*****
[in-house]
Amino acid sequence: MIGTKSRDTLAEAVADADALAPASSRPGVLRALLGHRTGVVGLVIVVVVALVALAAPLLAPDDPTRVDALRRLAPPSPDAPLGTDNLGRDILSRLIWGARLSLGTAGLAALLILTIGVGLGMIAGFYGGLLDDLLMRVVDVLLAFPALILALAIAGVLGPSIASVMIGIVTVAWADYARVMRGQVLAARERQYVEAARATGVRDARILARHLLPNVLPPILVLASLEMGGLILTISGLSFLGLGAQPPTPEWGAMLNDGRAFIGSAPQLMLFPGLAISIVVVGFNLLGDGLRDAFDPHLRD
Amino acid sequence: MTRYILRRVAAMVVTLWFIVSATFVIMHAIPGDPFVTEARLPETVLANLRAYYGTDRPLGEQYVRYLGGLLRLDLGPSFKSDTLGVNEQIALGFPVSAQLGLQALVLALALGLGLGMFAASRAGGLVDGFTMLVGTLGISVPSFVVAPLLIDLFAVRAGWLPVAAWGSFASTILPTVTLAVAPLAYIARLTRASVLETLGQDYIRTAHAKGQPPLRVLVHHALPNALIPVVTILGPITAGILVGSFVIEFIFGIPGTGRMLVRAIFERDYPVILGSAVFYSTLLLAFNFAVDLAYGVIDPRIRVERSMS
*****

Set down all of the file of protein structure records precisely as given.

[in-house]
Amino acid sequence: MIGTKSRDTLAEAVADADALAPASSRPGVLRALLGHRTGVVGLVIVVVVALVALAAPLLAPDDPTRVDALRRLAPPSPDAPLGTDNLGRDILSRLIWGARLSLGTAGLAALLILTIGVGLGMIAGFYGGLLDDLLMRVVDVLLAFPALILALAIAGVLGPSIASVMIGIVTVAWADYARVMRGQVLAARERQYVEAARATGVRDARILARHLLPNVLPPILVLASLEMGGLILTISGLSFLGLGAQPPTPEWGAMLNDGRAFIGSAPQLMLFPGLAISIVVVGFNLLGDGLRDAFDPHLRD
Amino acid sequence: MTRYILRRVAAMVVTLWFIVSATFVIMHAIPGDPFVTEARLPETVLANLRAYYGTDRPLGEQYVRYLGGLLRLDLGPSFKSDTLGVNEQIALGFPVSAQLGLQALVLALALGLGLGMFAASRAGGLVDGFTMLVGTLGISVPSFVVAPLLIDLFAVRAGWLPVAAWGSFASTILPTVTLAVAPLAYIARLTRASVLETLGQDYIRTAHAKGQPPLRVLVHHALPNALIPVVTILGPITAGILVGSFVIEFIFGIPGTGRMLVRAIFERDYPVILGSAVFYSTLLLAFNFAVDLAYGVIDPRIRVERSMS